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Red Hat Changes Revenue Recognition, Restates Earnings
It's changing the basis by which it recognizes software subscription revenue from a monthly to a daily accounting method.
July 13, 2004
2 Min Read
After a month of turmoil affecting its stock, Red Hat Inc. is changing the basis by which it recognizes software subscription revenue from a monthly to a daily accounting method. As a result of the accounting change, Red Hat will restate earnings for the fiscal years ended Feb. 29, 2004, Feb. 28, 2003, and Feb. 28, 2002.
The Linux vendor's shift is to a "more conservative accounting method. We know of only one other company in the industry that's doing this," said Dion Cornett, managing director of Decatur Jones Equity Partners LLC.
The shift from monthly to daily revenue accounting for subscriptions has the effect of moving revenue that was previously recognized in the first quarter of a subscription into the final quarter of the agreement, Red Hat officials said Tuesday.
Red Hat's stock has been roiled by the resignation of its CFO on June 14, followed by a projection of revenue June 17 for upcoming quarters that disappointed investors. At the same time as its quarterly earnings were announced, Red Hat disclosed that it was answering a Securities and Exchange Commission inquiry concerning its revenue. "Investors have beaten up the stock. It's been hammered," says Cornett, who now considers Red Hat a good value for long-term investors. The stock's price has fallen from more than $28 per share to about $16.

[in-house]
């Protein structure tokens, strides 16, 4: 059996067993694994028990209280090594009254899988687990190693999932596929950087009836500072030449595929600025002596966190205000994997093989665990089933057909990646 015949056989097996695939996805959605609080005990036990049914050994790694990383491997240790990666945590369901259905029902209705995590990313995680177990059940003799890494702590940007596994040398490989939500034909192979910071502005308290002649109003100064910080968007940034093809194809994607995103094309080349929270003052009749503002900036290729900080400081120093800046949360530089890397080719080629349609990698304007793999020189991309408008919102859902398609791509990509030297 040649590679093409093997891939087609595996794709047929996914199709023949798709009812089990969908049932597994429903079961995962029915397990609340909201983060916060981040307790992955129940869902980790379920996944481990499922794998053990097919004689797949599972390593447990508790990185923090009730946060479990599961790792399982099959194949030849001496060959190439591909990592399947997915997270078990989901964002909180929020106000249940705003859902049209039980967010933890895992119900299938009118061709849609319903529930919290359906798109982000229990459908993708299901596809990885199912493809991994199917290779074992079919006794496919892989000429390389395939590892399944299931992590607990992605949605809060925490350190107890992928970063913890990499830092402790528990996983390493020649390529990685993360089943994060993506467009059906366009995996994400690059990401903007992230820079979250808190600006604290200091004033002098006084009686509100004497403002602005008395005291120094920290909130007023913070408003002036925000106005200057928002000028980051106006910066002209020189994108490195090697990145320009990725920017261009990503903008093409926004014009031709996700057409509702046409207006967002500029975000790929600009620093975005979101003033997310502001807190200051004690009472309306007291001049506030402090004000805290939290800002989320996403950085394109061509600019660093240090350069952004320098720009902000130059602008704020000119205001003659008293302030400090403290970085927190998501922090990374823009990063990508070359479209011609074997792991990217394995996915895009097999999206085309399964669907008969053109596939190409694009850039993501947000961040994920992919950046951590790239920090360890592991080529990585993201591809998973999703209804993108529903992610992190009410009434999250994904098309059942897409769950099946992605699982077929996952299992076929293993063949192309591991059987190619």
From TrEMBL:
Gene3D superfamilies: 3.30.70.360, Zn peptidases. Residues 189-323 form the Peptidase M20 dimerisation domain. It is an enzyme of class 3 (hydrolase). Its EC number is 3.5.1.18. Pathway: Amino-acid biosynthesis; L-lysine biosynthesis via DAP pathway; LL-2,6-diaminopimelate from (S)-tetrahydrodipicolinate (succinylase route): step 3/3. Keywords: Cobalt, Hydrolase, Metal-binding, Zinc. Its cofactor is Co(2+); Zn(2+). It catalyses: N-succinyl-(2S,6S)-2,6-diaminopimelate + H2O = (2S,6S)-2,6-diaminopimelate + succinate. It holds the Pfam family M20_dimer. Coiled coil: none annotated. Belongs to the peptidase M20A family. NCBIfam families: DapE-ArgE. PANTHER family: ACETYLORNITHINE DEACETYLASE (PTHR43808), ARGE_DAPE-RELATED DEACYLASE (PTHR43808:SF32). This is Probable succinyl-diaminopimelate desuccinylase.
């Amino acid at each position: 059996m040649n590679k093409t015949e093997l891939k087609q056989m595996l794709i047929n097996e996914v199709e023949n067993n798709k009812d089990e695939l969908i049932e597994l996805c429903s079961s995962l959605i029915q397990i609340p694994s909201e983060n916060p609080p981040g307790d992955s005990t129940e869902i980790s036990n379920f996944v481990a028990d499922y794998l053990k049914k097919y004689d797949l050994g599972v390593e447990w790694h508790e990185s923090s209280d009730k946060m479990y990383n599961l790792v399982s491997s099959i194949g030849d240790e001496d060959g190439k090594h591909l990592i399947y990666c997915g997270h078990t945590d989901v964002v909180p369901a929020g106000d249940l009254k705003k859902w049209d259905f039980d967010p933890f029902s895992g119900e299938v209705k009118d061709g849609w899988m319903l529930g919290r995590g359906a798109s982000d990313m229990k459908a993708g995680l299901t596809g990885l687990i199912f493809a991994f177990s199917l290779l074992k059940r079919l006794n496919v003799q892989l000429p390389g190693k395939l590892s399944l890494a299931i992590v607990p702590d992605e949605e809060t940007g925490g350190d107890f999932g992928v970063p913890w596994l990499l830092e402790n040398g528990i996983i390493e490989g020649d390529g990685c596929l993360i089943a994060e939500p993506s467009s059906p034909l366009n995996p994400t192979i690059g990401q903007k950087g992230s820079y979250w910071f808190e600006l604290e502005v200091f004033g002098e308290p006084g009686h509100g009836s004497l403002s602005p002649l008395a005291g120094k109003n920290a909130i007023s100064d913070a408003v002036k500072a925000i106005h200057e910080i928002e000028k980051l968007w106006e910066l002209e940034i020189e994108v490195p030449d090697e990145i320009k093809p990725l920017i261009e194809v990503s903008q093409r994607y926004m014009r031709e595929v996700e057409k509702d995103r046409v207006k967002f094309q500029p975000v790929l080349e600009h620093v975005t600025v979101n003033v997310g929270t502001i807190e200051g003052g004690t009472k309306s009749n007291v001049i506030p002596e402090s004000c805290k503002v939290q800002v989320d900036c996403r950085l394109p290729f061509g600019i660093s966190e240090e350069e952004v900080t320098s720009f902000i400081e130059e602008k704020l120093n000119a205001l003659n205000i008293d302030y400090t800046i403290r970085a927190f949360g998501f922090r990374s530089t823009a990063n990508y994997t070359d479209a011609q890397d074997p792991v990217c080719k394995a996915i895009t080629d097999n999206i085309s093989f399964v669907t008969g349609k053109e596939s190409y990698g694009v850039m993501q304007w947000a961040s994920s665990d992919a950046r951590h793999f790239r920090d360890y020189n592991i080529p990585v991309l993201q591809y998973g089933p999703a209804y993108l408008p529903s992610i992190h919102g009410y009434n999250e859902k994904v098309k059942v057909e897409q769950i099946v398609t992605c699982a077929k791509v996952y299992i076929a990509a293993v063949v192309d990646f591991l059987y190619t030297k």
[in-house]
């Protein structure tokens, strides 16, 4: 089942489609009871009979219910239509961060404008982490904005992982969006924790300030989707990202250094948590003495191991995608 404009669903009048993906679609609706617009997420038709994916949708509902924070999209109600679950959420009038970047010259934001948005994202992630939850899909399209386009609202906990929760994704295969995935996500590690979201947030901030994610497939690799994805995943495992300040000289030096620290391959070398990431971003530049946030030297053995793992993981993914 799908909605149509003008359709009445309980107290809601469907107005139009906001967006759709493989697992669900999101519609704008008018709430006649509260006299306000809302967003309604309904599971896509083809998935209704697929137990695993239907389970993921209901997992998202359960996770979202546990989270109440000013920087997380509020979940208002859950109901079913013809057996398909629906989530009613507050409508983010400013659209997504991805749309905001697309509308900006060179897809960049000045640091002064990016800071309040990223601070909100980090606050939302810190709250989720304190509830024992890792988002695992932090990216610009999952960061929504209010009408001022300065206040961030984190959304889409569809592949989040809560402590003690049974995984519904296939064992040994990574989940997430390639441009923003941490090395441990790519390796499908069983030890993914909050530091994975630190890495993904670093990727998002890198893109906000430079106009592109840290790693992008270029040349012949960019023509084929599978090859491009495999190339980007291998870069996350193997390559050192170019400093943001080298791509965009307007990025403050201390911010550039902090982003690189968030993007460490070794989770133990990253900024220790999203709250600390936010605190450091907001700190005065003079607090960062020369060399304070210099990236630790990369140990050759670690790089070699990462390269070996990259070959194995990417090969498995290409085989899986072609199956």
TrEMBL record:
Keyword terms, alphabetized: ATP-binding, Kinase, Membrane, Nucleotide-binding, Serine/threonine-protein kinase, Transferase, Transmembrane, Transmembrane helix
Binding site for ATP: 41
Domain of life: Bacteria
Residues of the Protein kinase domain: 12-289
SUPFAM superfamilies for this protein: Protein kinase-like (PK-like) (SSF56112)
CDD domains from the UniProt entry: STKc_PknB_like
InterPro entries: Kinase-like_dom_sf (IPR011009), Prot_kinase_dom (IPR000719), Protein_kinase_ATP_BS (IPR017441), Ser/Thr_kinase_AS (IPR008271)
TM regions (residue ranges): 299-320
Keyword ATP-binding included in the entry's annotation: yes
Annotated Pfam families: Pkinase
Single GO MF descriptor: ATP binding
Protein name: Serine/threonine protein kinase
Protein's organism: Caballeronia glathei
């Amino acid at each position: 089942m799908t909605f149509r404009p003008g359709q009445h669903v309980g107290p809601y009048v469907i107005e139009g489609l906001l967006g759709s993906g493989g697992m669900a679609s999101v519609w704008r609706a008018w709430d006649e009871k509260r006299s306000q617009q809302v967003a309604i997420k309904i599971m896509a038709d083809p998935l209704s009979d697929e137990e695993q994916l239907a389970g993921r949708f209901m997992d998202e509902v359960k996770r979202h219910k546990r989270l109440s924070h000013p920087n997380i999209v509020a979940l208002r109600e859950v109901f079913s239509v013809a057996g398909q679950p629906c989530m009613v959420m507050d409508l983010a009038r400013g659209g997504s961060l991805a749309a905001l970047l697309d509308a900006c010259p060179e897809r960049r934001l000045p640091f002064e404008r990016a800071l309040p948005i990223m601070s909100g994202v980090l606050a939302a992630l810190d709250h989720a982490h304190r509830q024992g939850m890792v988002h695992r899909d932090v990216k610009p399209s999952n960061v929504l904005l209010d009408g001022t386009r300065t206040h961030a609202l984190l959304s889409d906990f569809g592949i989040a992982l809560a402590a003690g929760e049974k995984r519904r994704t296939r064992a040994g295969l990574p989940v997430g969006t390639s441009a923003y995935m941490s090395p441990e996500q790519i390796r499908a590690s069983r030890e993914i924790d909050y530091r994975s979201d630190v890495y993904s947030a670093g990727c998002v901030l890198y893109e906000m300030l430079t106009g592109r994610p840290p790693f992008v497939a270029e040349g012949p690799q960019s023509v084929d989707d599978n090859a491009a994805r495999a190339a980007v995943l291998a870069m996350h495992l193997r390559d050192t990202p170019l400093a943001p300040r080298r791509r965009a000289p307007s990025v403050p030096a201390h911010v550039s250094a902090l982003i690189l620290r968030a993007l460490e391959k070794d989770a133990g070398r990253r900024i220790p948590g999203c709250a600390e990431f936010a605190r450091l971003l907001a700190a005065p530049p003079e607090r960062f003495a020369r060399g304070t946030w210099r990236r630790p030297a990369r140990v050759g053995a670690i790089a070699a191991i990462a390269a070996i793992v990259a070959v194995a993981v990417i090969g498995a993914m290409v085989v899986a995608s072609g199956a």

There's no scandal behind either the CFO's resignation or the SEC inquiry, Cornett says. Red Hat's own auditors, PricewaterhouseCoopers, suggested the accounting change and the company announced that it would adopt it in the June 17 quarterly earnings briefing, Cornett says, adding that "it was an unfortunate confluence of events."
The restatement "isn't expected to reflect any material difference in the meaningful, historical trends of our business," Matthew Szulik, Red Hat's chairman and CEO, said in a statement. It will "also assure that future comparisons to past periods are made on a consistent basis."
The effect of using the new method is "to defer a portion of the revenue that had been previously recognized in the month of commencement of a subscription to the month in which the subscription ends," the company said in its statement.
About the Author(s)
Editor at Large, Cloud
Charles Babcock is an editor-at-large for InformationWeek and author of Management Strategies for the Cloud Revolution, a McGraw-Hill book. He is the former editor-in-chief of Digital News, former software editor of Computerworld and former technology editor of Interactive Week. He is a graduate of Syracuse University where he obtained a bachelor's degree in journalism. He joined the publication in 2003.
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